What is Amenorrhea?
Amenorrhea is the term used to describe the condition where menstrual periods are absent. When you miss a period, your first thought may be that you are pregnant. However there are actually several factors that may cause or contribute to the absence of menstruation.
Menstruation refers to the shedding of the lining of the uterus (the endometrium) each month, and it is also commonly known as the menstrual period.
Menstrual periods usually last for five to seven days. In order for a woman to have regular menstrual cycles, her hypothalamus, pituitary gland, ovaries and uterus must be functioning properly. Her cervix and vagina must also be structured normally to allow for menstrual blood to pass through.
Types of Amenorrhea
Amenorrhea is classified into two types – primary and secondary amenorrhea.
Primary Amenorrhea - Primary amenorrhea occurs when a woman has not yet had her first menstrual period by the age of 16. This delayed period is usually due to late puberty, most common in teenage girls who are either very thin or very athletic. When young women are underweight, their bodies have yet to experience the normal puberty-related rise in body fat that sparks off the beginning of menstruation. On the other hand, the delay of menstruation may also be as a result of abnormal female reproductive organs or a genetic disorder involving the sex chromosomes such as Turner’s syndrome.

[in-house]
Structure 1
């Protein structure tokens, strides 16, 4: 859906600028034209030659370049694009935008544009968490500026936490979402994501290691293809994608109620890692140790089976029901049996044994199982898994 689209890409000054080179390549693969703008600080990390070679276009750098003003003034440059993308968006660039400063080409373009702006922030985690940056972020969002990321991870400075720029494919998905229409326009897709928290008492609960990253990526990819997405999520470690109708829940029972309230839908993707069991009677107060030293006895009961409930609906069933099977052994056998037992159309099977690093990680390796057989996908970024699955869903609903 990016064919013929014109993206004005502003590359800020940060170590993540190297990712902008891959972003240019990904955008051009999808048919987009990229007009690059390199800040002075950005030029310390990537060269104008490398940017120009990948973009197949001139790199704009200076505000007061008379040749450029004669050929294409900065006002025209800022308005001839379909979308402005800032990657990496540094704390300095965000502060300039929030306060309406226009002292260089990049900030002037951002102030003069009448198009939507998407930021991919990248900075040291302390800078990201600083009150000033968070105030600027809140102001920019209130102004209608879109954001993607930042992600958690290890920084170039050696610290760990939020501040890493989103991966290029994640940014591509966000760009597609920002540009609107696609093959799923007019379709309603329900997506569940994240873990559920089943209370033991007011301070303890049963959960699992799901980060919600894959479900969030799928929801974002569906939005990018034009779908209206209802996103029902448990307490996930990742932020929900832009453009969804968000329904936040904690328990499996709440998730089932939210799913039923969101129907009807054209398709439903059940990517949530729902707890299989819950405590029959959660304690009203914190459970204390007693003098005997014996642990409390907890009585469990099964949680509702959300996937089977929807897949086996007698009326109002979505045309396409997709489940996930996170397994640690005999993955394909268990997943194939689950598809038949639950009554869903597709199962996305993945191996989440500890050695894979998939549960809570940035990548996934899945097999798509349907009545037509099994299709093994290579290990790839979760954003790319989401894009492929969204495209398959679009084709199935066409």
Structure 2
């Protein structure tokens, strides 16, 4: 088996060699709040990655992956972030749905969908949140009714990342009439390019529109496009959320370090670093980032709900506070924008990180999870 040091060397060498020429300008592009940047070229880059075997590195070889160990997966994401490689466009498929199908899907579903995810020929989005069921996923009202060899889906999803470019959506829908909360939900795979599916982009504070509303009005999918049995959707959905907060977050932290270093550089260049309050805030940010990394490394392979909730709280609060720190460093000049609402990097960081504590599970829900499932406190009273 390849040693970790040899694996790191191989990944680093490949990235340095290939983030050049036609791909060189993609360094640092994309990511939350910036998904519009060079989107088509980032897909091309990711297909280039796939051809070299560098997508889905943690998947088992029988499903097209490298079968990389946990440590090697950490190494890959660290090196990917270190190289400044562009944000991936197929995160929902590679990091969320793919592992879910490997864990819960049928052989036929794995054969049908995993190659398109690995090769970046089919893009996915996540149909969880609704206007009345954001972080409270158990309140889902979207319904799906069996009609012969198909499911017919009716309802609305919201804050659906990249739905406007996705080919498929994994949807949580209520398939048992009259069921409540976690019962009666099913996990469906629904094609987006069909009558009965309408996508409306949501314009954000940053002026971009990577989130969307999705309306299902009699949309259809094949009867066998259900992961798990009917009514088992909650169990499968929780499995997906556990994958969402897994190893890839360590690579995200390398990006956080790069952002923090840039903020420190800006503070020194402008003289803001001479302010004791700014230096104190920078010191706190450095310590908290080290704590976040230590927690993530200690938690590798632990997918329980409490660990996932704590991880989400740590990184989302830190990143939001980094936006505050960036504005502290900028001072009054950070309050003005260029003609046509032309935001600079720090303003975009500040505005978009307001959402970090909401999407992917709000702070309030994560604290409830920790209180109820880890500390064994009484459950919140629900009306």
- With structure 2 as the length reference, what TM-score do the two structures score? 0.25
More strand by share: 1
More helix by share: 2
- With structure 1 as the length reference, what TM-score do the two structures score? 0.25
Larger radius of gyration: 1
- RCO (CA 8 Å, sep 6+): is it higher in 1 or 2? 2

Secondary Amenorrhea - Secondary amenorrhea is a condition in which a woman who previously had normal, regular menstrual cycles experiences irregular or absent periods.
Amenorrhea affects 2% to 5% of all women of childbearing age in the United States. Secondary amenorrhea can affect all women who have begun menstruating. Young women who are involved in sports where intense exercise is required like ballet, long distance running or gymnastics are more likely to be affected with amenorrhea.
Amenorrhea is a symptom in itself. Depending on the cause of amenorrhea, you may experience the absence of periods together with various symptoms of hormone imbalance such as breast milk secretions, headache, weight gain, acne, altered sex drive low libido, lowering of the voice, excessive hair growth on the face and body, and vision changes.